What exactly is an ultra-violet sterilizer? UV sterilizers are popular among aquarists because they effectively rid the water of free-floating microorganisms such as parasites, bacteria and algae. These sterilizers come equipped with a UV tube, through which water passes through.

UV sterilizers can help with green aquarium water as it kills free-floating algae by damaging their DNA. This means that most of the phytoplankton causing green aquarium water will die when they come into contact with UV rays, making this an effective way to rid your tank of this problem.

SunSun HW-304B
Image Source: Chewy.com

Are UV sterilizers safe?

Despite the many benefits of this nifty piece of equipment, hobbyists may have several concerns. Firstly, they may wonder if beneficial bacteria will be killed in the process. After all, if UV rays damage the DNA of single-celled microorganisms, wouldn’t it also damage the bacteria that form the backbone of their tank’s biological filtration system?

The good news is, most good bacteria aren’t free-floating. They are typically found along tank walls, among the substrate, or on the filters and sponges. While a small number of free-floating beneficial bacteria might be harmed, its impact on the overall population will be next to nothing as the vast majority will be attached to tank surfaces.

Another thing to note is that UV sterilizers are perfectly safe for fish and invertebrates. However, aquarium owners will want to be very careful as they handle this equipment, as UV rays can cause damage to their eyes and skin. Always refrain from looking directly at the tube, and be very careful as you are installing the equipment.

Chemical Treatments May Help

As a last resort, you may want to turn to chemical products for help. Chemicals may fix your greenish water, but it is important to note that they do not address the root cause of the problem. In addition, they may have unintended side effects on your fish, plants, and water. However, they are typically an effective solution when you are in a pinch.

The most common type of chemical treatment used to treat green water are algicides. These work by killing the algae in your tank. However, as previously mentioned, they are an effective, but short-term fix. Without addressing the underlying issues that caused algal blooms in the first place, it is very likely that they will occur again. 

Does Chemical Filtration Count?

When chemical treatments are referenced, they typically don’t include chemical filtration methods as part of the definition. Unlike chemical treatments, chemical filtration simply relies on chemicals to remove components that cause algae growth, such as phosphates and nitrates. Activated carbon and phosphate removers are commonly used in chemical filtration methods.

Meanwhile, chemical treatments include chemicals that are specially formulated to kill algae. While effective, it is a type of poison and may have unintended consequences on the health of your tank and its inhabitants. Therefore, it is important to dose accurately based on the volume of your tank, and avoid making it a go-to solution.

Chemical filtration and chemical treatments are typically used separately. Before administering any form of chemical treatment to your tank, be sure to remove all chemical filtration components.

FAQ

Is Green Water Bad For Aquarium?

Yes, green water is bad for your aquarium. When water transparency is low, aquatic plants are unable to get the sunlight they need to perform photosynthesis. This will affect the health of your aquatic plants.

In addition, the presence of algae may reduce the amount of dissolved oxygen in your tank. This happens in two ways. Firstly, algae will carry out aerobic respiration at night, which requires oxygen. This makes oxygen more scarce at night. Secondly, algae that die will be decomposed by bacteria that use up oxygen in the process.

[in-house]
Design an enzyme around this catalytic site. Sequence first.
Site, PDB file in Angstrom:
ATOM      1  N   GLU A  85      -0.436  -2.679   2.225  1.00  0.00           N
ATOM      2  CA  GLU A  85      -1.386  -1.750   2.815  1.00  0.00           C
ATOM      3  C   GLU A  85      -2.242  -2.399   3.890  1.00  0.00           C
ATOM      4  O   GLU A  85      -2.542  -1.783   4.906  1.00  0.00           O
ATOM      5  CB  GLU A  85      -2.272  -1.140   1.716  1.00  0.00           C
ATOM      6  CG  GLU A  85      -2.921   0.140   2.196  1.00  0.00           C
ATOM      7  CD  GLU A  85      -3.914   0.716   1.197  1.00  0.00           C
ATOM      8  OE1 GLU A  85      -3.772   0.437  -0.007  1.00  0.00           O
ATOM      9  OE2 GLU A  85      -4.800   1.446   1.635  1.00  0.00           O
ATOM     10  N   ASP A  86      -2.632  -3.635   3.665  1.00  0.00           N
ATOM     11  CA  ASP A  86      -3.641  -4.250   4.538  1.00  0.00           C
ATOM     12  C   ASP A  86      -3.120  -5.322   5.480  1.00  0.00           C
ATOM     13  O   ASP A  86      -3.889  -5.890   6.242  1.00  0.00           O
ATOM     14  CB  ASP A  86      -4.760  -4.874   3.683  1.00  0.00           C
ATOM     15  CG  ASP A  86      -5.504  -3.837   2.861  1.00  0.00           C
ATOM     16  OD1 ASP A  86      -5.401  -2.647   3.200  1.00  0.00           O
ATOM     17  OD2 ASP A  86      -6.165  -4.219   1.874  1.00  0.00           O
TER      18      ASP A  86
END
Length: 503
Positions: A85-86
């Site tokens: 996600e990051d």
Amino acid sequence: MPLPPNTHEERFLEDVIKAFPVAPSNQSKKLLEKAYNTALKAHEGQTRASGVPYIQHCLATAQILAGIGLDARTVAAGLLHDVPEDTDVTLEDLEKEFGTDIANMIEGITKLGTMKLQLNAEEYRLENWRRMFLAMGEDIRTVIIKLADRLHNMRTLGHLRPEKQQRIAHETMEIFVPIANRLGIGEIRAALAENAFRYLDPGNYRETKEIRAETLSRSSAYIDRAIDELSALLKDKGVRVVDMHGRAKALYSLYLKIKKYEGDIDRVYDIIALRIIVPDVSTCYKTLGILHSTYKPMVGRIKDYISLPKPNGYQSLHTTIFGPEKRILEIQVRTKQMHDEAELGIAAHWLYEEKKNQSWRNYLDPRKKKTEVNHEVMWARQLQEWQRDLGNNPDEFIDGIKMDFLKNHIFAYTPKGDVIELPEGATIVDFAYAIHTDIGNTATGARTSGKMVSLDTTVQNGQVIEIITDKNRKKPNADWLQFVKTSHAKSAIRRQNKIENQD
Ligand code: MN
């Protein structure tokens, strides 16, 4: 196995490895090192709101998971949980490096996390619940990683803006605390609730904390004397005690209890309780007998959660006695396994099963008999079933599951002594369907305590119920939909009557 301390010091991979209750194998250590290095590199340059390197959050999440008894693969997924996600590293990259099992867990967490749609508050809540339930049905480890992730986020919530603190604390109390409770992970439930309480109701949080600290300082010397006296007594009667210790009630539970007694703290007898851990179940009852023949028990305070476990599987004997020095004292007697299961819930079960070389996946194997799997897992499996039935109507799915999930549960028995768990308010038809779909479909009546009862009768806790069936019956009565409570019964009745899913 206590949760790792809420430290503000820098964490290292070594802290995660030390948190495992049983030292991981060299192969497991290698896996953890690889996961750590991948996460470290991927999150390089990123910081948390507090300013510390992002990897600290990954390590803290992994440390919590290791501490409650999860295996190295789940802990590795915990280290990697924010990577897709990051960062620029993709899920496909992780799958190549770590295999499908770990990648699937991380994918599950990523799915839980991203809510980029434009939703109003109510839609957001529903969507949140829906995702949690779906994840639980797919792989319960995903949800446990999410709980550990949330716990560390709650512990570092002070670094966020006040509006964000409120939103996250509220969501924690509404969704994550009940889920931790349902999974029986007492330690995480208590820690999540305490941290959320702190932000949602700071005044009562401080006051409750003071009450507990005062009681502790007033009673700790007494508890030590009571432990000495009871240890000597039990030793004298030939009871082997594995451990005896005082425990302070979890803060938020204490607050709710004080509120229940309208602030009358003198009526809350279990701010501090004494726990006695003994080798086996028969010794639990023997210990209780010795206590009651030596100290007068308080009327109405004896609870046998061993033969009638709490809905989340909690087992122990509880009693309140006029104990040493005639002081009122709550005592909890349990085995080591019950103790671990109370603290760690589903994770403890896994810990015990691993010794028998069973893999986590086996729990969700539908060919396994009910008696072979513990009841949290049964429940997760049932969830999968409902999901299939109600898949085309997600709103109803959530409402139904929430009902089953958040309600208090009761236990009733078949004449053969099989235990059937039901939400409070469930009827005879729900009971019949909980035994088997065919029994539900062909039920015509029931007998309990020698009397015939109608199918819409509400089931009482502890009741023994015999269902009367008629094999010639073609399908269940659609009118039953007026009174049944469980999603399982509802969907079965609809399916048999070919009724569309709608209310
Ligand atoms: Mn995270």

Both these factors reduce the oxygen concentration in your tank. Fish that do not have sufficient access to oxygen may suffocate to death in severe cases, or suffer from stunted growth in mild instances. Either way, fish keepers should do all they can to prevent algae blooms in their tanks.

Will Vinegar Kill Algae In Fish Tank?

While vinegar can be used to remove algae from the tank, they do not do so by killing the algae.

baking soda with brush and vinegar and a toothbrush

Vinegar is typically used to wipe down the surfaces of fish tanks as they are natural and fish-safe. Since conventional cleaners such as soap can’t be used on fish tanks, vinegar is seen as the perfect substitute. This means that a lot of the time, vinegar is used to remove algae growth from tank walls and plants.

Unfortunately, this is not a feasible solution for green tank water, which are caused by free-floating algae instead of algae that are attached to surfaces. Simply dosing your tank with vinegar will not fix the problem.

How Long Does It Take for UV to Clear Green Water?

The answer to this question depends on the size and strength of your sterilizer. However, most of the free-floating algae causing green water should be removed in under 48 hours.

Is Green Algae Good for Fish Tanks?

In small, controlled quantities, green algae is actually good for fish tanks as they can be a reliable food source for many underwater sea creatures. However, they are harmful in large, uncontrolled quantities as they will lower the oxygen concentration of your tank.

Conclusion

If you find yourself with a tankful of greenish water, it can be natural to panic and scramble for a solution. Frankly speaking, however, panicking doesn’t help the situation. Green water is caused by two key factors – light and nutrients, which are relatively easy to fix. As long as you remain methodical in your approach, you should be able to fix the situation in next to no time!

Did you enjoy this article? If you did, don’t forget to share it with a friend who will benefit from the insights outlined here! Have you ever dealt with a green water outbreak yourself? We’d also love to hear from you! Just talk to us in the comments below!

Wanda is a second-generation aquarist from the sunny tropics of Malaysia. She has been helping her father with his freshwater tanks since she was a toddler, and has fallen in love with the hobby ever since. A perpetual nomad, Wanda does her best to integrate fish-keeping with her lifestyle, and has taken care of fish in three different continents. She loves how it provides a nice break from the hustle and bustle of life.